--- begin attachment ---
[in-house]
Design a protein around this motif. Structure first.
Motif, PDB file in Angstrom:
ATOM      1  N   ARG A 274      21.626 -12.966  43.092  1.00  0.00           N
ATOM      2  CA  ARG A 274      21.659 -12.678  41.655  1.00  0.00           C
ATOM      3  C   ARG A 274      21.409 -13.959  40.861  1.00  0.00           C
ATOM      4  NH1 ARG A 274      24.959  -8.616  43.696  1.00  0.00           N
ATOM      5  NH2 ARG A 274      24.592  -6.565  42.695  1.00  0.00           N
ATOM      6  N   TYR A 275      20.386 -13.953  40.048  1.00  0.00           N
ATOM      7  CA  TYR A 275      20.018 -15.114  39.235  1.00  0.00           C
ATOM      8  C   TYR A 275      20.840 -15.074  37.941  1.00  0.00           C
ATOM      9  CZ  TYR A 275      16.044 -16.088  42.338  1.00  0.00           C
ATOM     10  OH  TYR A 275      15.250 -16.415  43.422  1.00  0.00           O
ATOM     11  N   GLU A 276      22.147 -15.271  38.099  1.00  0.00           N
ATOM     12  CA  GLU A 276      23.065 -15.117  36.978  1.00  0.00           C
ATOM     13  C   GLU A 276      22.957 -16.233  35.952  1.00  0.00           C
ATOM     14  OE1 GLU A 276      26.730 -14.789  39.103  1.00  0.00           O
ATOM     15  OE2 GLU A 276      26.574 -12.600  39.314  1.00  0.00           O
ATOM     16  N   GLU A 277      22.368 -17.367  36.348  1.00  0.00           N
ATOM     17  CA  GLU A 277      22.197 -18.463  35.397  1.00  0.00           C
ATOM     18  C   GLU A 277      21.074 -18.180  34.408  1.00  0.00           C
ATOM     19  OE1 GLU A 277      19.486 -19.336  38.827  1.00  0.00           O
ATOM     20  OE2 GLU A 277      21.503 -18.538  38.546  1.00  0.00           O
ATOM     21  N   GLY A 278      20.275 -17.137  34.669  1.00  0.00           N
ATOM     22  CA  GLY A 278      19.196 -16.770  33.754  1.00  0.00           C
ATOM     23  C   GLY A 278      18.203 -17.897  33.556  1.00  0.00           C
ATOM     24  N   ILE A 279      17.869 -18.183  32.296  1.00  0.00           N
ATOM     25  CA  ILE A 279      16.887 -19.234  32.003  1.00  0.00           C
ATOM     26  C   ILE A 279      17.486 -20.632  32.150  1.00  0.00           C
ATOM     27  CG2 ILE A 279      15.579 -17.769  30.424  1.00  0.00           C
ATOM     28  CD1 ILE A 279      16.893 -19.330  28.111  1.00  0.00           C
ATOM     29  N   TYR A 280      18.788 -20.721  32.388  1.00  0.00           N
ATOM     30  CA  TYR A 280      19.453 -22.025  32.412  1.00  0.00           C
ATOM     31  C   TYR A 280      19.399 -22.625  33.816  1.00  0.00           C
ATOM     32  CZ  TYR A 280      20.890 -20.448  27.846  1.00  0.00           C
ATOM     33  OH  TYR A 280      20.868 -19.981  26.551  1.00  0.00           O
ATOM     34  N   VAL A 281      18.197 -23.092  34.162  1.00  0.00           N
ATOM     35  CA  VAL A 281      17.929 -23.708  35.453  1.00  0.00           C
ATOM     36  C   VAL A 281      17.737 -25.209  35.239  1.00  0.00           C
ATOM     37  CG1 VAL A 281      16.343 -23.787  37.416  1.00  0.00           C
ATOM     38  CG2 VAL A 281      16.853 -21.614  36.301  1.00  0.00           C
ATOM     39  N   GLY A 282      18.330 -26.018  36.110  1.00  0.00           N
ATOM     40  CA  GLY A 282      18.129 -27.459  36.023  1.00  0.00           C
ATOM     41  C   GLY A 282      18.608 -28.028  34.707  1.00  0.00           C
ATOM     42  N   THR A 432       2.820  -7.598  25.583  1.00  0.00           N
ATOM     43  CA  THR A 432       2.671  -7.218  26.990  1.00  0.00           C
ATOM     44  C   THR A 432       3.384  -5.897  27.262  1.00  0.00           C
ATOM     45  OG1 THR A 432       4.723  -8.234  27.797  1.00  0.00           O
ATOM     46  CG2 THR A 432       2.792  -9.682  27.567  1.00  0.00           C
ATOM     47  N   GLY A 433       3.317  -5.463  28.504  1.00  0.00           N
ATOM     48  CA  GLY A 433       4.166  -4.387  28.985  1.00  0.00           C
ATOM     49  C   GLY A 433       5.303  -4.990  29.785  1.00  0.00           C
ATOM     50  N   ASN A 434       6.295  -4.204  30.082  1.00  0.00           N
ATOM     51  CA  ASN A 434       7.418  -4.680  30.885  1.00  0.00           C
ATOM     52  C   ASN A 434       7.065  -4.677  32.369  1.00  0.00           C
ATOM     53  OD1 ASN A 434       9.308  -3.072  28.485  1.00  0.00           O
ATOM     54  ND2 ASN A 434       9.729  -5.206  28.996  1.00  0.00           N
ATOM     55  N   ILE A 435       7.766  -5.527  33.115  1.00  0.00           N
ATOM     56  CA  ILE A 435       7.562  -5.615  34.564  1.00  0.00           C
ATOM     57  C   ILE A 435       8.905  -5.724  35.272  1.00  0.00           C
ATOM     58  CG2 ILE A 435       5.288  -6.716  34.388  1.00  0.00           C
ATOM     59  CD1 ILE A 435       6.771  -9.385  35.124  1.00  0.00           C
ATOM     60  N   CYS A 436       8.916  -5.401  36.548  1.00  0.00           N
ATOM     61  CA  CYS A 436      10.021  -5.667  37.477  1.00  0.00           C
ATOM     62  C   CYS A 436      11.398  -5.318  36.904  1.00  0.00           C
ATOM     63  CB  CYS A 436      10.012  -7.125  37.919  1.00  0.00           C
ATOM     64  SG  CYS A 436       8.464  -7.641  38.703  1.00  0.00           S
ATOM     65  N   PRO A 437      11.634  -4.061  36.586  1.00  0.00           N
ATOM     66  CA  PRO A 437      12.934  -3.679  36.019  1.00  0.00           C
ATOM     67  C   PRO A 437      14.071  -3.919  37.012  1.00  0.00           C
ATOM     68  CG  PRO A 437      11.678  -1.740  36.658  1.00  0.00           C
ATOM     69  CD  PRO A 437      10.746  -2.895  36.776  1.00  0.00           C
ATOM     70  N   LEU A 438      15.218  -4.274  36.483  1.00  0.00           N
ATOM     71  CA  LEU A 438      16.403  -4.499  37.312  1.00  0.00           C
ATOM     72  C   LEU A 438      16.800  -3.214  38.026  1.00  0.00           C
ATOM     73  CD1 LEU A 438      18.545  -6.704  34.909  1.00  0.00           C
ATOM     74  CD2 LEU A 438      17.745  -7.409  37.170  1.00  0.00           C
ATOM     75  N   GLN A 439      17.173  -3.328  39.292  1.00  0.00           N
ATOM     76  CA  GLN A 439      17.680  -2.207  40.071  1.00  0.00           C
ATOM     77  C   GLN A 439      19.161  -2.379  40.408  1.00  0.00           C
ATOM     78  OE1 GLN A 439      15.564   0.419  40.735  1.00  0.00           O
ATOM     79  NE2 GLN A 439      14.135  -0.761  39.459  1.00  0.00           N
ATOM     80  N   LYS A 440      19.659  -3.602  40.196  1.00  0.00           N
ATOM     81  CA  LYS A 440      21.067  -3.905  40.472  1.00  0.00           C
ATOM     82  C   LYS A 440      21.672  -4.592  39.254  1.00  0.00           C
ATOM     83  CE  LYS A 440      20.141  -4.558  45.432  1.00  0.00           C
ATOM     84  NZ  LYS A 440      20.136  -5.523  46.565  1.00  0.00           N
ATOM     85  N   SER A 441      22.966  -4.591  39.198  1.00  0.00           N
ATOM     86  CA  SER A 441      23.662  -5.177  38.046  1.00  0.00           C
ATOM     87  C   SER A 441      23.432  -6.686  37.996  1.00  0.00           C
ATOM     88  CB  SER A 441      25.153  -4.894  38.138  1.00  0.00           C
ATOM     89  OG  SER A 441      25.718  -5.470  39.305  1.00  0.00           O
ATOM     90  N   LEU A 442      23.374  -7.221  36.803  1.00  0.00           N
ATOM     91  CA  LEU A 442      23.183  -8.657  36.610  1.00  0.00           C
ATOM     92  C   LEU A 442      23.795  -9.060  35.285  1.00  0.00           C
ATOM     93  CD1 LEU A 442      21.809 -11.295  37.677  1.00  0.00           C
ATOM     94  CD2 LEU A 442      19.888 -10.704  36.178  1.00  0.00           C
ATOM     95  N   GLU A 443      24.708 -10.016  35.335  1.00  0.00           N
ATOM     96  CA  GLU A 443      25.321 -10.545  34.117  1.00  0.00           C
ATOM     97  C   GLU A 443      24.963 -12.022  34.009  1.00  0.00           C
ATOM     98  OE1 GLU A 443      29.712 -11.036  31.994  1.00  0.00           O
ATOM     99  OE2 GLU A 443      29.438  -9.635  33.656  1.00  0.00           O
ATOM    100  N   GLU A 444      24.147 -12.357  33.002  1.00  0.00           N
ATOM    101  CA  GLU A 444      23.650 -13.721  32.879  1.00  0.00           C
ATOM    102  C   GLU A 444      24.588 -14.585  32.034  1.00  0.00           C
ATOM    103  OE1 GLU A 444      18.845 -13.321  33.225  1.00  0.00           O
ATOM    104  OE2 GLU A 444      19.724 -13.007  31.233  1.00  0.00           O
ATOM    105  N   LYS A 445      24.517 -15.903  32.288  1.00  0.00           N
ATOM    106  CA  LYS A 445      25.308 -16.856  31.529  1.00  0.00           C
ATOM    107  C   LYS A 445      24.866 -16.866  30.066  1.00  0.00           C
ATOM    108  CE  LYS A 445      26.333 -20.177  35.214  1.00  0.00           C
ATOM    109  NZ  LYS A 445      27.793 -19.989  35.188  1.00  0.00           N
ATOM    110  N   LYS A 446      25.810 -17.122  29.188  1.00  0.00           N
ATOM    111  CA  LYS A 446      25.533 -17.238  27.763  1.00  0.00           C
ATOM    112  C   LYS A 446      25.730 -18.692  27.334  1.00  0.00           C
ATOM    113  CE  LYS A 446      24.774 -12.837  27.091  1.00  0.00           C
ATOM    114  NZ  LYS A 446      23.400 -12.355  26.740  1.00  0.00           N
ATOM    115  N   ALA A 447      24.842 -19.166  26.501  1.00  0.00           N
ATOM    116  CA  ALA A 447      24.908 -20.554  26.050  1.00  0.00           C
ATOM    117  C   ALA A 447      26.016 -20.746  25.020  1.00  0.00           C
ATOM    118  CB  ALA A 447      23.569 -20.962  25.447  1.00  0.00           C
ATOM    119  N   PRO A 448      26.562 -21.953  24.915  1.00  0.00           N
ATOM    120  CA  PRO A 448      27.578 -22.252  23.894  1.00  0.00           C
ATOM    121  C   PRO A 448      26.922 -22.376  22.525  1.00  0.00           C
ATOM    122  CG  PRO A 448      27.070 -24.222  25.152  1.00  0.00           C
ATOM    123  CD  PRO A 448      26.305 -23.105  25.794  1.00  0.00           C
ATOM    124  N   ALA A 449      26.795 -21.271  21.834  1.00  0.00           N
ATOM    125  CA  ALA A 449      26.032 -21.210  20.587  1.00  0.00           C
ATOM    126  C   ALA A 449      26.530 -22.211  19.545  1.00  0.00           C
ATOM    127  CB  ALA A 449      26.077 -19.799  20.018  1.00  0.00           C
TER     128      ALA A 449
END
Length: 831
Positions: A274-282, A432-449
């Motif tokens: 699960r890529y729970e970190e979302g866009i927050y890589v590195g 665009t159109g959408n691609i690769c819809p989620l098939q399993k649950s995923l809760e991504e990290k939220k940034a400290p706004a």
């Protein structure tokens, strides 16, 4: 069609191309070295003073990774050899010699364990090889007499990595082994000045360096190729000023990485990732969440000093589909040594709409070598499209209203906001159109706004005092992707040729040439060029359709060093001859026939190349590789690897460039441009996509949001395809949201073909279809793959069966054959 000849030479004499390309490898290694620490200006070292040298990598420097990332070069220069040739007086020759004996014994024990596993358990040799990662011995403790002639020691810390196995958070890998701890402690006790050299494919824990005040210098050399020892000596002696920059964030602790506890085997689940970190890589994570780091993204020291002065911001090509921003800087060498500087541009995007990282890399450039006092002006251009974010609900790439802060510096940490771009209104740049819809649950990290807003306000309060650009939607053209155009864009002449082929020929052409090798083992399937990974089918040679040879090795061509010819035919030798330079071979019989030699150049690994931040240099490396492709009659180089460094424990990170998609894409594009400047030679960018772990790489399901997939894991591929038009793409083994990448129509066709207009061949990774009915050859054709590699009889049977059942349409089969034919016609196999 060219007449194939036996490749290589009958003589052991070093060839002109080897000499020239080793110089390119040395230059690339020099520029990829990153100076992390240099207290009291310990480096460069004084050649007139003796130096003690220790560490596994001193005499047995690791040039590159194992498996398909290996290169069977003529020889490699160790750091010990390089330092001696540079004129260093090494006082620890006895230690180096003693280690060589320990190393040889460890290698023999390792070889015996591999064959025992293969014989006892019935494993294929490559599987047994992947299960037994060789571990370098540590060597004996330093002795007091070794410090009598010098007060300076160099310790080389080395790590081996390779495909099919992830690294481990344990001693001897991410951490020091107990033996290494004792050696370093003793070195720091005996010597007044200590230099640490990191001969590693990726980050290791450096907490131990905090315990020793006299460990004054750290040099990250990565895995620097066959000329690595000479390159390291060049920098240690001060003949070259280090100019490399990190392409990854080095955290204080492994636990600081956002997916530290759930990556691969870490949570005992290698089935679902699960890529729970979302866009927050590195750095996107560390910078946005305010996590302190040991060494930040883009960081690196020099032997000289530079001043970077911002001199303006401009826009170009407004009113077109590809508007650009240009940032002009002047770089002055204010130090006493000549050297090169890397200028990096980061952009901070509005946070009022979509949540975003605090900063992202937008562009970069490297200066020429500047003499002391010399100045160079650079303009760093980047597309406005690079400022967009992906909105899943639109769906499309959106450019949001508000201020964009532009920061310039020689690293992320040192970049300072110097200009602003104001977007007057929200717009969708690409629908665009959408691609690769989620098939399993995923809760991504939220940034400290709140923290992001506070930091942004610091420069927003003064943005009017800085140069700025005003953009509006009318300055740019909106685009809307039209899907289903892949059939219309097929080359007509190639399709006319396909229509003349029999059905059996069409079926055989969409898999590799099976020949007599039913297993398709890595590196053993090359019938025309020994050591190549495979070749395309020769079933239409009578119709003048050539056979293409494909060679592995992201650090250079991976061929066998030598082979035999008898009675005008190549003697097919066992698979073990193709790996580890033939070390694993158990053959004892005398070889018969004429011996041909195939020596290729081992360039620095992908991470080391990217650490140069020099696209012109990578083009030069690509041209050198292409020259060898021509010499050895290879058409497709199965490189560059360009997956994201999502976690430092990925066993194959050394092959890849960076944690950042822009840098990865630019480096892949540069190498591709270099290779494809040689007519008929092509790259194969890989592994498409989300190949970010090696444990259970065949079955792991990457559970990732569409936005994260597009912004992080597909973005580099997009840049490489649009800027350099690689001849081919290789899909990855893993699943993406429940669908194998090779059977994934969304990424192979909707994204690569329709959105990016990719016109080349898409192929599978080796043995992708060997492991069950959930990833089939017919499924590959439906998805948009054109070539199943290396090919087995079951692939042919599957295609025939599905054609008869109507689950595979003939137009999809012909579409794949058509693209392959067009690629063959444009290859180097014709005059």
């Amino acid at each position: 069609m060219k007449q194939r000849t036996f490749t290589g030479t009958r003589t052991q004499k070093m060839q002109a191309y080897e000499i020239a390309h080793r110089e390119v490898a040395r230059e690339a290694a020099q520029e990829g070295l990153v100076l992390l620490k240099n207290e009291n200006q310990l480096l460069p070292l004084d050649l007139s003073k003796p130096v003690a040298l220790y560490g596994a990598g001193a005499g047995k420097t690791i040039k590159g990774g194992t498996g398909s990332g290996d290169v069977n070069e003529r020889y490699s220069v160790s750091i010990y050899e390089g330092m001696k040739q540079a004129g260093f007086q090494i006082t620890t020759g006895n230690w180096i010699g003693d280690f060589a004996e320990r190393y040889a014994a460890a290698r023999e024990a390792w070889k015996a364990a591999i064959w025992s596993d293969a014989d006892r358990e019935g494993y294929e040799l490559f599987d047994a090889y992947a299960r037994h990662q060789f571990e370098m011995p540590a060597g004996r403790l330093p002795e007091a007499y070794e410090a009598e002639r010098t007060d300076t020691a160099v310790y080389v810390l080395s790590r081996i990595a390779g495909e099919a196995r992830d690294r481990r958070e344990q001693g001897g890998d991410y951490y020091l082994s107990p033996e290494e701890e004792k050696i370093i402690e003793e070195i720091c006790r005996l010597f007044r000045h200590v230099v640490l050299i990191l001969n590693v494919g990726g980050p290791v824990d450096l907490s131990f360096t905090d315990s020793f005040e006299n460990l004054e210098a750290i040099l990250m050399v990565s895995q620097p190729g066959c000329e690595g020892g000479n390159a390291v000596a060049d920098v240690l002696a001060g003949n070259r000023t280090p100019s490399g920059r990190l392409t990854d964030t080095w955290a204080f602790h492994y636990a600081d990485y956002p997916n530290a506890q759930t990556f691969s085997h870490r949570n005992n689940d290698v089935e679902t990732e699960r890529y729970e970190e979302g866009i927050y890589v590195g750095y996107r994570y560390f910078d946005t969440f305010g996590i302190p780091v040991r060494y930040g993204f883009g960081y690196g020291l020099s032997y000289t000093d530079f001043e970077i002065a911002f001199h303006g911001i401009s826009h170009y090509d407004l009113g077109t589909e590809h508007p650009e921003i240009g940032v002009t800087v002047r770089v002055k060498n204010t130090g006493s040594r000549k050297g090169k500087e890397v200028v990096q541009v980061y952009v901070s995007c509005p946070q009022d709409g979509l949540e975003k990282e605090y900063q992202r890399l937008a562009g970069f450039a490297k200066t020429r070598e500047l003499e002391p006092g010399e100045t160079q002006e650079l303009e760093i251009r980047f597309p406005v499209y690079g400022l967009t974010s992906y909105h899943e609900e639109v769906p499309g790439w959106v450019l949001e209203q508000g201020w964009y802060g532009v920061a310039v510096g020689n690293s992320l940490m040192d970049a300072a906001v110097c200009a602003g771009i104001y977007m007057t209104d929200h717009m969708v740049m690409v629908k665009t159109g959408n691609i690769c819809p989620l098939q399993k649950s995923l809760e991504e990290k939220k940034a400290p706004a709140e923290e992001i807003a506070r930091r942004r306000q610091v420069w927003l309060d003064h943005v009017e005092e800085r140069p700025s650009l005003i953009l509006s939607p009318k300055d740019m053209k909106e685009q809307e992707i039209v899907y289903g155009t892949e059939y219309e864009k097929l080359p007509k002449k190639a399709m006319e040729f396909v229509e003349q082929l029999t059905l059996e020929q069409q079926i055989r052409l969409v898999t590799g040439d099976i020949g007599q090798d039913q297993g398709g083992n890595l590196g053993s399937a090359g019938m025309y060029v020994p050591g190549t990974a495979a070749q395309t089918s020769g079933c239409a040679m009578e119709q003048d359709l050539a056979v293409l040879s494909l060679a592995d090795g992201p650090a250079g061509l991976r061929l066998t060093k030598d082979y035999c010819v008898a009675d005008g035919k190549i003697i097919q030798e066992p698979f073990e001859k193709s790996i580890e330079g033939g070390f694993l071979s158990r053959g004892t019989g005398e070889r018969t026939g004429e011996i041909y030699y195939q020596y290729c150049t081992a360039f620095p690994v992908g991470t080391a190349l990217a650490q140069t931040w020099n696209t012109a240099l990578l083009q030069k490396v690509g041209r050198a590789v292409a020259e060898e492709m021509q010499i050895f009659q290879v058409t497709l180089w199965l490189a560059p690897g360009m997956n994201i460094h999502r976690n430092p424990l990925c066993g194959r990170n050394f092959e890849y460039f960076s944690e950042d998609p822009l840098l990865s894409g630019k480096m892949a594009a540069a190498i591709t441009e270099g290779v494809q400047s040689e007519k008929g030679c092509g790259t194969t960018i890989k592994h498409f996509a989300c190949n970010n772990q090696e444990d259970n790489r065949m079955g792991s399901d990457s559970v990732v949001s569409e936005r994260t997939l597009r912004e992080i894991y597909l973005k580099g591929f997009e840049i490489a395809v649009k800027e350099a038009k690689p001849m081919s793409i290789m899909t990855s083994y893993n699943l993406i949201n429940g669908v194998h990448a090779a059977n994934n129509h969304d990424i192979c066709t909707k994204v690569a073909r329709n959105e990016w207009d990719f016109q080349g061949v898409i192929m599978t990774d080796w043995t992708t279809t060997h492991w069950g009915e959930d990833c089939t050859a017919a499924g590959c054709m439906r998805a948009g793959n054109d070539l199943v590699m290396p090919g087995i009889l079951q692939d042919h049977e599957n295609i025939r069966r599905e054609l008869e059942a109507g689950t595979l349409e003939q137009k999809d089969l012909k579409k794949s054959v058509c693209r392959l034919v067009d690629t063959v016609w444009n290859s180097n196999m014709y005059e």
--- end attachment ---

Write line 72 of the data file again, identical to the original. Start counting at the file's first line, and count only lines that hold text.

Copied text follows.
ATOM     69  CD  PRO A 437      10.746  -2.895  36.776  1.00  0.00           C